School psychologists

Name Email Phone
Jenifer Cochran 630-468-4338
Stephanie Lamb 630-468-4309
  • Why Do Children Need School Psychologists?
    All children and youth can face problems from time to time related to learning; social relationships; making difficult decisions; or managing emotions such as feeling depressed, anxious, worried, or isolated. School psychologists help students, families, educators, and members of the community understand and resolve both long-term, chronic problems and short-term issues that students may face. They are a highly skilled and ready resource in the effort to ensure that all children and youth thrive in school, at home, and in life.

    What Do School Psychologists Do?
    School psychologists provide direct support, assessment, monitoring and numerous interventions (mental health, behavioral, academic) to students, consult and collaborate with teachers, families, and other school-employed mental health professionals (i.e., school counselors, school social workers) to improve support strategies and crisis management responses, work with school administrators to improve school-wide practices, policies and program evaluation through an ethical and legal lens, and collaborate with community providers to coordinate needed services. They help schools successfully:

    • Improve Academic Achievement
      • Promote student motivation and engagement
      • Conduct psychological and academic assessments
      • Individualize instruction and interventions
      • Manage student and classroom behavior
      • Monitor student progress
      • Collect and interpret student and classroom data
    • Promote Positive Behavior and Mental Health
      • Improve students communication and social skills
      • Assess student emotional and behavioral needs
      • Provide individual and group counseling
      • Promote problem solving, anger management and conflict resolution
      • Reinforce positive coping skills and resilience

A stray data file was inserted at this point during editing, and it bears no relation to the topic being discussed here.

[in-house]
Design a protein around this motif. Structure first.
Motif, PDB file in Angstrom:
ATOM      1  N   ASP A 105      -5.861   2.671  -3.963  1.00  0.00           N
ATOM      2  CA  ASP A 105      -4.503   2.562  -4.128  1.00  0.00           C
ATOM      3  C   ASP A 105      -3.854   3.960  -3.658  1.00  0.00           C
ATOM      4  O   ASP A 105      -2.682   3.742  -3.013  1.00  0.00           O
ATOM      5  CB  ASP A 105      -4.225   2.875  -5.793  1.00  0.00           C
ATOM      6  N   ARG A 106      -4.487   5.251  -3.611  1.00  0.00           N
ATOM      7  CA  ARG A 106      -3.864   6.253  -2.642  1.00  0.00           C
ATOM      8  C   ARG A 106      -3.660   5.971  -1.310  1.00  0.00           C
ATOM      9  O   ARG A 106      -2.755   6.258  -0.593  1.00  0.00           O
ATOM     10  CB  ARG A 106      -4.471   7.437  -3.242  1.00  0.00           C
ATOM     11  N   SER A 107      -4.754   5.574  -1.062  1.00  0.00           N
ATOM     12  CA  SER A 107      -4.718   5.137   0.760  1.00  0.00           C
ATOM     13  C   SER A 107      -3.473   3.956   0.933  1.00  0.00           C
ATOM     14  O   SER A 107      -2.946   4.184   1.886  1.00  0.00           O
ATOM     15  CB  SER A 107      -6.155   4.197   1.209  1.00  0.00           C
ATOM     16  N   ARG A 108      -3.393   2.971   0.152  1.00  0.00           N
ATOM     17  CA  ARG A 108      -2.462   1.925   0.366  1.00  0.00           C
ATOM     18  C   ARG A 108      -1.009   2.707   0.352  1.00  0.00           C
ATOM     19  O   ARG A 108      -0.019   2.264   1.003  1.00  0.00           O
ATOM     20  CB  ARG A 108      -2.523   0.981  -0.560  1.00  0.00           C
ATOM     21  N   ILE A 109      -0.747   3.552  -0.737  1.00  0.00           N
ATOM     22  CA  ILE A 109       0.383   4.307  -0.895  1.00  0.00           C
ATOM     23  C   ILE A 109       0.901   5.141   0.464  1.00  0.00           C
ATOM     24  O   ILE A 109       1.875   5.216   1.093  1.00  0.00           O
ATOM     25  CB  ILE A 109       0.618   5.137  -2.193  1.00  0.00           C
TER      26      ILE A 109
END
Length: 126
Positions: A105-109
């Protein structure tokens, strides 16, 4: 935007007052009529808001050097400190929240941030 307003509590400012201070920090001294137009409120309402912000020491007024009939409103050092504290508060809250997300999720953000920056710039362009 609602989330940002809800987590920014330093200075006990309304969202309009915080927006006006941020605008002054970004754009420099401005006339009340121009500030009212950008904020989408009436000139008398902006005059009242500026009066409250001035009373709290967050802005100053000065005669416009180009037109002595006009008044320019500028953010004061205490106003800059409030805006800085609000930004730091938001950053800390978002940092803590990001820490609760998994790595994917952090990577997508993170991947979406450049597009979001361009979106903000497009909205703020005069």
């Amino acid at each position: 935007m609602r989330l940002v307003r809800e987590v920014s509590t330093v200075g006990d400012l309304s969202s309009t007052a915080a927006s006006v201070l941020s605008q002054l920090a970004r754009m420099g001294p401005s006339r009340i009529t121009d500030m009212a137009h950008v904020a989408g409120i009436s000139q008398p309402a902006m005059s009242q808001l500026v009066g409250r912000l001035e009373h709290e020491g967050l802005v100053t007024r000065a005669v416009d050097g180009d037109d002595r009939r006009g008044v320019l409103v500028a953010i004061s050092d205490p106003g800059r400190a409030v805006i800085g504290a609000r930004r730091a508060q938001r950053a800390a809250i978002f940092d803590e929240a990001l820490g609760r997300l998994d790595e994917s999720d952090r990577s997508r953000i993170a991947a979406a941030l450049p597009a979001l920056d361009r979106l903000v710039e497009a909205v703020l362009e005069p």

• Promote positive peer relationships and social problem solving
      • Make referrals to and help coordinate community services provided in schools
    • Support Diverse Learners
      • Assess diverse learning needs
      • Provide culturally responsive services to students and families from diverse backgrounds
      • Plan appropriate Individualized Education Programs for students with disabilities
      • Modify and adapt curricula and instruction
      • Adjust classroom facilities and routines to improve student engagement and learning
      • Monitor and effectively communicate with parents about student progress
    • Create Safe, Positive School Climates
      • Support social-emotional learning
      • Assess school climate and improve school connectedness
      • Implement school-wide positive behavioral supports
      • Identify at risk students and school vulnerabilities
      • Provide crisis prevention and intervention services
    • Strengthen Family-School Partnerships
      • Help families understand their child's learning and mental health needs
      • Assist in navigating special education processes
      • Connect families with community service providers when necessary
      • Help effectively engage families with teachers and other school staff
      • Enhance staff understanding and responsiveness to diverse cultures and backgrounds
      • Help students transition between school and community learning environments, such as residential treatment or juvenile justice programs
    • Improve School-Wide Assessment and Accountability Monitor individual student progress in academics and behavior
      • Generate and interpret useful student and school outcome data
      • Collect and analyze data on risk and protective factors related to student outcomes
      • Plan services at the district, building, classroom, and individual levels